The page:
The next one was a Volkswagen T2, a delivery van. I had to travel from where I grew up in Hamburg, to where I studied, Braunschweig, and had to haul a lot of stuff back and forth, transporting the materials for my studies. Of course, it also meant I was always in demand from friends for moving things around! It was a very practical car, empty in the back, and I put a mattress in it, so I had a very simple camper as well.
After the T2 came a Polo, and after that something totally different – a Jaguar. It ate the hair off my head! It was a Series 3 XJ in Ferrari Red, and not very reliable… So after that I bought another VW, a Golf, and then another, and a Passat, and then came the full array of company cars. I stopped counting around then!
I remember those early days fondly though, a lot of travelling with friends and schoolmates and mates from the student days. I exchanged the engine on the T2 three times, by myself. If you drive the cars and you do the maintenance on your own, this is kind of creating a deeper bond, different from just borrowing the thing.
When you design cars it is, of course, super essential that you feel for yourself the experience that you create, to drive the products that you design. I have the honour of driving a lot of cars that I had a hand in designing, and to see them on the road, and to frequently change cars to experience what we aimed for, is really satisfying.
Do I take inspiration from those simple cars of my youth? I think what you learn when you drive very simple cars, and use simple products, is that purity is not a bad thing, if it’s well designed. Look at the original Golf. That’s a masterpiece of Giorgetto Giugiaro. It was simple and well done and everything was well thought-out. That has stayed with me. It’s kind of a guideline that my father also taught me, to really leave out things that are not essential. No decoration, nothing that is not needed – it can be left out. Try to create stuff that is really simple.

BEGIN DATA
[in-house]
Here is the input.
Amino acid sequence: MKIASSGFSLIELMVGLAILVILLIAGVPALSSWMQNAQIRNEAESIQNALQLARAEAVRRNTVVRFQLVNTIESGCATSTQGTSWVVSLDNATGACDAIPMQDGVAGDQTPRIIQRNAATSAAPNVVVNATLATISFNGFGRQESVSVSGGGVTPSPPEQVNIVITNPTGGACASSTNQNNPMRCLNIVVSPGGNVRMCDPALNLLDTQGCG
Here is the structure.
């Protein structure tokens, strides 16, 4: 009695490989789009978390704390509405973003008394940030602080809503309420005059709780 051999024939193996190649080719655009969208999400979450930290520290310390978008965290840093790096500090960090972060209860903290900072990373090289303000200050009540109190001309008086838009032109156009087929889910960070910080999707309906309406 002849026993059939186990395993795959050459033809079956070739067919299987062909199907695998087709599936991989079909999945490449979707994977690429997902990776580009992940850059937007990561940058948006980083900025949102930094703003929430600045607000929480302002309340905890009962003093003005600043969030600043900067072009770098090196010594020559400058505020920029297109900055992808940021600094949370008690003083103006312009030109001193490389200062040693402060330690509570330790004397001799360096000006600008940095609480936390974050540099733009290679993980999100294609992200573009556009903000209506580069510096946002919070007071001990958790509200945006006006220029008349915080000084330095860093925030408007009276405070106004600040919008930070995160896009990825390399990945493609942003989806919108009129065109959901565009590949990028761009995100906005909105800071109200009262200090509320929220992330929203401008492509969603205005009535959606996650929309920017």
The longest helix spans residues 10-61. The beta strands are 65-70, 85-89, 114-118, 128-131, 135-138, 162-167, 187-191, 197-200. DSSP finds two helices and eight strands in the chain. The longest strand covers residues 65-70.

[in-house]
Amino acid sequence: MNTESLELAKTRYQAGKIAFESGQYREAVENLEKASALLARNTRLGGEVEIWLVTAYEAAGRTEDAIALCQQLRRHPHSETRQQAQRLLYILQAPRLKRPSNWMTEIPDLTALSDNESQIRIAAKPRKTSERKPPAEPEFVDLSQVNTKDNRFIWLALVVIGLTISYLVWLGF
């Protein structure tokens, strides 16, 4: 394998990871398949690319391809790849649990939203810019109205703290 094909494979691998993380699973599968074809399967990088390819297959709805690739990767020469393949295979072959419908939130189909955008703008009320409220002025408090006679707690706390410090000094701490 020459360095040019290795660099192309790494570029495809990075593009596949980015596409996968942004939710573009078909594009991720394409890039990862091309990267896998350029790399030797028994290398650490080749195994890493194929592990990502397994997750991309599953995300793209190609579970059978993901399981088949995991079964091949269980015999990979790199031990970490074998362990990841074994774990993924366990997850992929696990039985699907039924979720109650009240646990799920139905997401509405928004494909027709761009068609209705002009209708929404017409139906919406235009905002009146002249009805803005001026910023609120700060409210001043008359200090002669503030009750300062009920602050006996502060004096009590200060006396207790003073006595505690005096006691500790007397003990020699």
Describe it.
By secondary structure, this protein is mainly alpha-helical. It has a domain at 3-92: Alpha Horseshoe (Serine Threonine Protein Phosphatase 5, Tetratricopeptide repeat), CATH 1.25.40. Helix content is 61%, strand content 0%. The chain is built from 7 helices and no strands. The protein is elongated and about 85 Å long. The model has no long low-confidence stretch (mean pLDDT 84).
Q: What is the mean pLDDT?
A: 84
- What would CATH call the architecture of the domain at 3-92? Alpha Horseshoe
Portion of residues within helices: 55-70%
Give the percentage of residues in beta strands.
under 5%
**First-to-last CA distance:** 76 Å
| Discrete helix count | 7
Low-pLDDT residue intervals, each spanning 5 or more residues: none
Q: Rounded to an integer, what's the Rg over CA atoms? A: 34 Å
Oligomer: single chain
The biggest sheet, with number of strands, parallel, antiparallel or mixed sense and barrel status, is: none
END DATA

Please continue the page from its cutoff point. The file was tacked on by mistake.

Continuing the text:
There are always cars that you dream of designing in this job, and sure, to do a sports car is something that you should dream of as a designer, but my dreams have always been to do stuff that is accepted and well recognised, and mass-produced. Volkswagen is about the democratisation of mobility, and that’s a good thing. Mobility should be accessible, not for a few, but for many. I love dream cars from Lamborghini and, of course, Porsche, and they are all influencing what we are dreaming of, to a certain degree. They’re our halo products that drive forward our desire to go faster and reach higher. But staying down to earth is also a good thing.
There’s a lot I’m proud of at Volkswagen. I’ve worked on several generations of the Golf. I did the interior of Golf Mk5, and I was responsible for Golf Mk6, for Mk7 and for Mk8. There are not many designers in the world that have had the honour to work on such an icon for more than one generation.
There’s the new ID family, too. This is a signpost that leads into the future, that shows the way to go – electric – and Volkswagen is in a very deep transformation with this product range. You will see that this is not just a single approach to ‘let’s have an electric car, done’. It’s much deeper. I’m especially proud of this project, which I’ve worked on for 15 years, to reincarnate the philosophy of the Type 1 [Beetle], the car that from head to toe is about functionality, but also emotionality. That contradiction is the perfect match.
The dream car, though, is always the car that I’m currently working on. There are many, and you need to spend love on every product. So if you say this is not interesting to me so much, it ends in a catastrophe, and you’ll be ashamed when it’s driving by. You need to put all your might and all your love into what you do every day.’
This article originally appeared at evo.co.uk